Mark Field has been suspended as a Foreign Office minister after a video was published last week showing the MP physically removing a climate change protester from a dinner function. S&C’s Editor in Chief, Sarah Cheverton, speaks to Shonagh Dillon, Chief Executive of Hampshire charity Aurora New Dawn, about the incident and why it concerns activists fighting violence against women.
What did you think when you first saw the story about Mark Field MP and a Greenpeace protester?
As with most incidents like this, I find out about them on Twitter when I log in at some point in the morning, between smashing the patriarchy and making the school lunches. My timeline tends to be filled with beautiful, radical feminist women who endlessly raise the profile of male violence against women.
The first tweet I saw was from the indomitable Karen Ingala Smith:
Activist and Chief Executive of a charity supporting women subjected to sexual and domestic violence, Karen Ingala Smith tweets about the incident.
So I followed the story, watched the video and my first response was one I’ve felt a thousand and one times over my career: Oh god, I hope she is ok, followed very swiftly by rage. A fundamental rage that with impunity this man, like so many, feels entitled to put his hands on a woman, wrestle her and subsequently grab her by the back of the neck to march her off the premises.
As the CEO of a violence against women (VAW) charity why did you feel it important to raise awareness of this incident?
Women across the UK wake up every day in fear: fear for their safety, their sanity and their lives. I knew this was already a big deal, as it should be. I knew that victims and survivors would view it or hear about it, probably dozens of times, even if they tried to avoid it.
It is important those women know that we will call out male violence when we see it.
In the context of this case what I felt was most important was that Mark Fields is an elected official, a man who will have thousands of his constituents dealing with the fear of men’s violence and entitlement.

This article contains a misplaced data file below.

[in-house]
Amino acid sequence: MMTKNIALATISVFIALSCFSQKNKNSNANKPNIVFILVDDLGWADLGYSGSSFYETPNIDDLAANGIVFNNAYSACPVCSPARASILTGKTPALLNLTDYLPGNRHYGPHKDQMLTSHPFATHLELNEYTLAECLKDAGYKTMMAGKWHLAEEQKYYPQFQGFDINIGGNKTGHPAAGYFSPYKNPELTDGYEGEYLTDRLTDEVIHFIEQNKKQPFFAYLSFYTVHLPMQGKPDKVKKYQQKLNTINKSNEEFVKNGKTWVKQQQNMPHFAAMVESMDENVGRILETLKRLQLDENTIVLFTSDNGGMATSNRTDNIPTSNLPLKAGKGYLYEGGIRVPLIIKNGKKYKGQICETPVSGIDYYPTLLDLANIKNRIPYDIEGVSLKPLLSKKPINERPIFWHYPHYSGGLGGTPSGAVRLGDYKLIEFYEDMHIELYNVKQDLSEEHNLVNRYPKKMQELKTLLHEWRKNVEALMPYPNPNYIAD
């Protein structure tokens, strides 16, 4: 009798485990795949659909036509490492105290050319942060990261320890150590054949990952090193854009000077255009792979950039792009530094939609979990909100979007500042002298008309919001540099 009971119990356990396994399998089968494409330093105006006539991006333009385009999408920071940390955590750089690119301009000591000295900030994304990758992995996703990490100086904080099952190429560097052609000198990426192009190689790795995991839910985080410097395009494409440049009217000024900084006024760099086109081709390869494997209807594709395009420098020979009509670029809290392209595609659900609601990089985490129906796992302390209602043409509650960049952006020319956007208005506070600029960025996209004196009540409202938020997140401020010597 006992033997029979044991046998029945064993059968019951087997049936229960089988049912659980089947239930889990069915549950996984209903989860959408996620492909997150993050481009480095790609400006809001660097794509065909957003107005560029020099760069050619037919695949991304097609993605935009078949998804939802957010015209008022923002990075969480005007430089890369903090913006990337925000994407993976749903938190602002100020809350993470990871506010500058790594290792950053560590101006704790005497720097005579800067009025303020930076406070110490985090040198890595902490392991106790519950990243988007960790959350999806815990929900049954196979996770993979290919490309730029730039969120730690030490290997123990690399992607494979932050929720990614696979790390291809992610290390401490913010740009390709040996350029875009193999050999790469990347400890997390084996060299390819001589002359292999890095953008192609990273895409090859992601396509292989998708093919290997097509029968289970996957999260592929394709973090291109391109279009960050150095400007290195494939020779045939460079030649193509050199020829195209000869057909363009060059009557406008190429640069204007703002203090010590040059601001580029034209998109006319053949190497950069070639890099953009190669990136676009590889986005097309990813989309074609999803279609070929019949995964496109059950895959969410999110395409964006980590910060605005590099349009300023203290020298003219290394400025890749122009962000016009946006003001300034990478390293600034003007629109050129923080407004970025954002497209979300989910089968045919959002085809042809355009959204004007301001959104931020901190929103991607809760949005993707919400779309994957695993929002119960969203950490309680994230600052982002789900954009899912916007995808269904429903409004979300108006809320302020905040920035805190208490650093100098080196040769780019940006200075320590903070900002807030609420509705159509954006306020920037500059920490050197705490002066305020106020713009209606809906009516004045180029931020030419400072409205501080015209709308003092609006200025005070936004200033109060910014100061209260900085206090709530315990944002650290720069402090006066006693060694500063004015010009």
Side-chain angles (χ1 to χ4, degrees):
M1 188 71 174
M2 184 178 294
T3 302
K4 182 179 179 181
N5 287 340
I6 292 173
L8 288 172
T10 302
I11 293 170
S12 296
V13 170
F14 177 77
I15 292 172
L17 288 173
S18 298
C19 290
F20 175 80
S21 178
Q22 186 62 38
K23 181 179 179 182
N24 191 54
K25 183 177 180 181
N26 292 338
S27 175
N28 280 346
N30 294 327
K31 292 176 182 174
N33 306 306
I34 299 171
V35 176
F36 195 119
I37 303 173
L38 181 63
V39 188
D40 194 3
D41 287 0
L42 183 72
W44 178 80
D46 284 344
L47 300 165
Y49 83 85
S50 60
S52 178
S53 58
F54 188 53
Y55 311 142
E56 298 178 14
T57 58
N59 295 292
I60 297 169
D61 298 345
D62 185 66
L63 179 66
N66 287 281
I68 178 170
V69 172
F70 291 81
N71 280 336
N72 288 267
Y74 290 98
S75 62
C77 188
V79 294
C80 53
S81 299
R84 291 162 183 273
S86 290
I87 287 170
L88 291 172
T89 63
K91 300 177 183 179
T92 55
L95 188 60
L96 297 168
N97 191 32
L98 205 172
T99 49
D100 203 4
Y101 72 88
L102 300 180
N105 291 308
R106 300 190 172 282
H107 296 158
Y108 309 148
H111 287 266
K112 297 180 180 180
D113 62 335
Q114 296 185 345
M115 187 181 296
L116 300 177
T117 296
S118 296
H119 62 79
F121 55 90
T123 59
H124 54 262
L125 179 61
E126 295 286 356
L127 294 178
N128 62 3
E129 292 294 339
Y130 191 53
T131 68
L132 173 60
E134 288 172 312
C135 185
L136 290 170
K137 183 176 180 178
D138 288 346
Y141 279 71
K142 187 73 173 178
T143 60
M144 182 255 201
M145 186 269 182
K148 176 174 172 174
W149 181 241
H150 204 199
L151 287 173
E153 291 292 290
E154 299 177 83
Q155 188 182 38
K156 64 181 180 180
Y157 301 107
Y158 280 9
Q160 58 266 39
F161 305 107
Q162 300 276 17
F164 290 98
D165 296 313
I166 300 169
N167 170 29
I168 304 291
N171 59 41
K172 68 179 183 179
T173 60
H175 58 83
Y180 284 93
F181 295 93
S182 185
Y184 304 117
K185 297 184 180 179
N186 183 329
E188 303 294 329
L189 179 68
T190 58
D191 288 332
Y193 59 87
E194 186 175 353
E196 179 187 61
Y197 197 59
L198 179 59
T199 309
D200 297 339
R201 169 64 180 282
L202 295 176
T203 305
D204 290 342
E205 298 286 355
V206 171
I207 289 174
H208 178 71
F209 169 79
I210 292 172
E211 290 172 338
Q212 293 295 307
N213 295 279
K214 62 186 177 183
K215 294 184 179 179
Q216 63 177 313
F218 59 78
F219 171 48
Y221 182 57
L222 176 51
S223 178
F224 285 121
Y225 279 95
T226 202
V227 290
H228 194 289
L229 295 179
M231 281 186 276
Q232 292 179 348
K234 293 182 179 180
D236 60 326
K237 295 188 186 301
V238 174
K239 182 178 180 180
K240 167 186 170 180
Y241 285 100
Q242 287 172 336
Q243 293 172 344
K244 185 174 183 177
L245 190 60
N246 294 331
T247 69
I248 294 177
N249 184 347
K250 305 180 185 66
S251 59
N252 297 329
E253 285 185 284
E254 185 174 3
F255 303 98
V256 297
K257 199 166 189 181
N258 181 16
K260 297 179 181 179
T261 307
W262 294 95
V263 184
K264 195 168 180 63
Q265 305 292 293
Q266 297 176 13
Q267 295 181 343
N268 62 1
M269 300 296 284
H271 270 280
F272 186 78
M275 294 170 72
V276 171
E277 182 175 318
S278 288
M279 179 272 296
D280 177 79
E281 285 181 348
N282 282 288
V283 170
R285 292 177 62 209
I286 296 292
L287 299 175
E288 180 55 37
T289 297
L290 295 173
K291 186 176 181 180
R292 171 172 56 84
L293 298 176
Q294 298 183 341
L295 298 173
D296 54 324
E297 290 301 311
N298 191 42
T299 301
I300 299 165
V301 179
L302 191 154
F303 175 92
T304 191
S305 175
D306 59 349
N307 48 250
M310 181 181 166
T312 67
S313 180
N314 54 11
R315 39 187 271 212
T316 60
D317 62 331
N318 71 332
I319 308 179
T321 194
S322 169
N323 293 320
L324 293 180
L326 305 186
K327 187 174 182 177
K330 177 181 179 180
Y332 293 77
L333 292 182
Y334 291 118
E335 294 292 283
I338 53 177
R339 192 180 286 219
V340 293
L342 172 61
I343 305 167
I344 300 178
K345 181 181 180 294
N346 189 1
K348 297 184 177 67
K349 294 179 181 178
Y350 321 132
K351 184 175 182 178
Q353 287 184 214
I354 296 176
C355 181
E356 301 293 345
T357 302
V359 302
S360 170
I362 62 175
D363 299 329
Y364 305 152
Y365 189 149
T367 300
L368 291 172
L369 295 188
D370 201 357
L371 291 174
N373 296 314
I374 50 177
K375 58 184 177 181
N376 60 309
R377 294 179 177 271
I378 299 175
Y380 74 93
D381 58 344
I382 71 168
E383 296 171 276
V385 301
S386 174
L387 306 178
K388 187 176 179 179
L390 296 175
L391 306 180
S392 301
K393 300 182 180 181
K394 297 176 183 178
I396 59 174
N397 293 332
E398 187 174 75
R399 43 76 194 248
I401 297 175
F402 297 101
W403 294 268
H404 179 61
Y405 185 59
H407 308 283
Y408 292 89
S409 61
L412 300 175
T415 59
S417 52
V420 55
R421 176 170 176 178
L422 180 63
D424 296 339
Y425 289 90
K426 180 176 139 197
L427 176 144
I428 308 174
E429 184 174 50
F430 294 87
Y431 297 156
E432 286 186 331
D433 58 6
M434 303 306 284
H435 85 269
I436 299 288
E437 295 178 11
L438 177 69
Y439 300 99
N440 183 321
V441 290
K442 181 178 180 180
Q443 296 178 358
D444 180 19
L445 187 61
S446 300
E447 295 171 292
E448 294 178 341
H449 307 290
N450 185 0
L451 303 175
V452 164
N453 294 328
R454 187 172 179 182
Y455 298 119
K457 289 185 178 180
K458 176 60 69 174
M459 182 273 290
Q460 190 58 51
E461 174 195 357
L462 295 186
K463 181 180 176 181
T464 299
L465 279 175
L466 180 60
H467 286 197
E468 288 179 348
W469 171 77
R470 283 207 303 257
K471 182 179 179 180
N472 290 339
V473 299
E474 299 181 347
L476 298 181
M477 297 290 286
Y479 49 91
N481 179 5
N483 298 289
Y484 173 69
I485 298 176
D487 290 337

Last month, on 9th May 2019, Mark Fields tweeted about women’s safety and ability to speak freely:
Mark Field MP’s tweet on women’s human rights, 9th May 2019.
Approximately six weeks later, Mr Field ensured by the use of his own force that women do not feel safe or protected, or able to speak freely.
What is your response to those who disagree with you, who think that Mark Field is justified in acting the way he did?
Firstly I would say that everyone is entitled to disagree.
I, like most of the sisters I told you about on my timeline, am comfortable with people disagreeing with me. One cannot call oneself a feminist and not be ready for disagreement.
But in the nature of healthy debate, I would ask them to reflect on what they are disagreeing with.
My view is that the response from Mr Field was entirely disproportionate to the alleged and perceived threat posed by a woman exercising her right under Article 11 of the Human Rights act to peacefully protest.
Let’s look at the incident as it plays out (see video above) The woman is walking past Mr Field, she has a handbag in one hand and a mobile phone in the other. She is wearing a ball gown and a sash that clearly identifies what she is doing. Mr Field clearly has a few moments to think about what he is going to do and his response is a violent one.
Before he grabs her by the back of the neck, he pushes her and wrestles with her. This is not a person acting in fear that the other person is armed.
It is also notable in the face of so many comments from the public defending his behaviour that Mark Field has been suspended from his post as a minister, apologised ‘unreservedly’ to the protester in a public statement, and has referred himself to the Cabinet Office and Conservative Party for investigation.
Moreover, when Theresa May was approached by a male comedian at conference, he was gently led away from the stage and the Prime Minister’s only reaction was to make a joke about the Opposition.
I would ask anyone defending Mr Field to consider if the MP would have responded in exactly this manner to a man?
Is the response on social media unusual in terms of violence against women?
In short, no.
The fight to end male violence against women is endless.
We fight against it with a daily onslaught and societal back drop of victim blaming, minimisation and a constant stream of DARVO: Deny, Attack, and Reverse Victim and Offender.
I knew as the day progressed that I would see all of these things being played out. I knew I would see the laboriously familiar comment, ‘It doesn’t matter whether she is a woman or not’
But it does matter.
Until society can see that women as a sex class are subjected to endless threats, violence and sexist attitudes by men, I will keep seeing these comments.
Mark Field just played out a scenario that happens every day in the homes of many, many women. This is inextricably linked to male violence and to not call it out as such misses the point of the incident entirely.
Main image: Tweet from Shonagh Dillon, in response to Johnny Mercer MP.